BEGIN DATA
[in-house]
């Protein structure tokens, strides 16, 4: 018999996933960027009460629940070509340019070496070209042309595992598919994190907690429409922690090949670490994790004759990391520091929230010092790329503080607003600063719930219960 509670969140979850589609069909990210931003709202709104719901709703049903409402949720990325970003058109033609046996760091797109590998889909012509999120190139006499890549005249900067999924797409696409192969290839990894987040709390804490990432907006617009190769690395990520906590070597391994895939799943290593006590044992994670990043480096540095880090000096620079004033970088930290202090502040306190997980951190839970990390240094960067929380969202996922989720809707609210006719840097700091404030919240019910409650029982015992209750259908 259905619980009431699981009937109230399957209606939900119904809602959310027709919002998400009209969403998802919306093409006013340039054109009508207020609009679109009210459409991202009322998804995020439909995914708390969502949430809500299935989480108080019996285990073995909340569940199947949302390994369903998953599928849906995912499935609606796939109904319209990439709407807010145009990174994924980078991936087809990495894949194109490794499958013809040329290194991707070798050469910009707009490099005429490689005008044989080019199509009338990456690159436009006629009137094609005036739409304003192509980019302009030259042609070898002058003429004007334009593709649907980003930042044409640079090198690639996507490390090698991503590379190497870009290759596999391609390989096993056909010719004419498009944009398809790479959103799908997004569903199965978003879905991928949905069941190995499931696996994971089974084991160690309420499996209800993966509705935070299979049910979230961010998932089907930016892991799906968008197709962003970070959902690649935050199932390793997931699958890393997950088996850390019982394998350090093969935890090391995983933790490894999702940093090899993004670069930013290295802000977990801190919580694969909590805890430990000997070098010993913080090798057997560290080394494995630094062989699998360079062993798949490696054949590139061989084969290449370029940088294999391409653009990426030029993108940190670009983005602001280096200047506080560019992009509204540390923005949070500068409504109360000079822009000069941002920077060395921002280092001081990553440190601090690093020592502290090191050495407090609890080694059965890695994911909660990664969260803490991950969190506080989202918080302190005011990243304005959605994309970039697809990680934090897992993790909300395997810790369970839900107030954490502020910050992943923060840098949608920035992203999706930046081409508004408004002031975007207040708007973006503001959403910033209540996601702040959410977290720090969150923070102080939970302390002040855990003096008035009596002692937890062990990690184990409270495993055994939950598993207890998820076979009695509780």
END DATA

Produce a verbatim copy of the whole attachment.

[in-house]
């Protein structure tokens, strides 16, 4: 018999996933960027009460629940070509340019070496070209042309595992598919994190907690429409922690090949670490994790004759990391520091929230010092790329503080607003600063719930219960 509670969140979850589609069909990210931003709202709104719901709703049903409402949720990325970003058109033609046996760091797109590998889909012509999120190139006499890549005249900067999924797409696409192969290839990894987040709390804490990432907006617009190769690395990520906590070597391994895939799943290593006590044992994670990043480096540095880090000096620079004033970088930290202090502040306190997980951190839970990390240094960067929380969202996922989720809707609210006719840097700091404030919240019910409650029982015992209750259908 259905619980009431699981009937109230399957209606939900119904809602959310027709919002998400009209969403998802919306093409006013340039054109009508207020609009679109009210459409991202009322998804995020439909995914708390969502949430809500299935989480108080019996285990073995909340569940199947949302390994369903998953599928849906995912499935609606796939109904319209990439709407807010145009990174994924980078991936087809990495894949194109490794499958013809040329290194991707070798050469910009707009490099005429490689005008044989080019199509009338990456690159436009006629009137094609005036739409304003192509980019302009030259042609070898002058003429004007334009593709649907980003930042044409640079090198690639996507490390090698991503590379190497870009290759596999391609390989096993056909010719004419498009944009398809790479959103799908997004569903199965978003879905991928949905069941190995499931696996994971089974084991160690309420499996209800993966509705935070299979049910979230961010998932089907930016892991799906968008197709962003970070959902690649935050199932390793997931699958890393997950088996850390019982394998350090093969935890090391995983933790490894999702940093090899993004670069930013290295802000977990801190919580694969909590805890430990000997070098010993913080090798057997560290080394494995630094062989699998360079062993798949490696054949590139061989084969290449370029940088294999391409653009990426030029993108940190670009983005602001280096200047506080560019992009509204540390923005949070500068409504109360000079822009000069941002920077060395921002280092001081990553440190601090690093020592502290090191050495407090609890080694059965890695994911909660990664969260803490991950969190506080989202918080302190005011990243304005959605994309970039697809990680934090897992993790909300395997810790369970839900107030954490502020910050992943923060840098949608920035992203999706930046081409508004408004002031975007207040708007973006503001959403910033209540996601702040959410977290720090969150923070102080939970302390002040855990003096008035009596002692937890062990990690184990409270495993055994939950598993207890998820076979009695509780």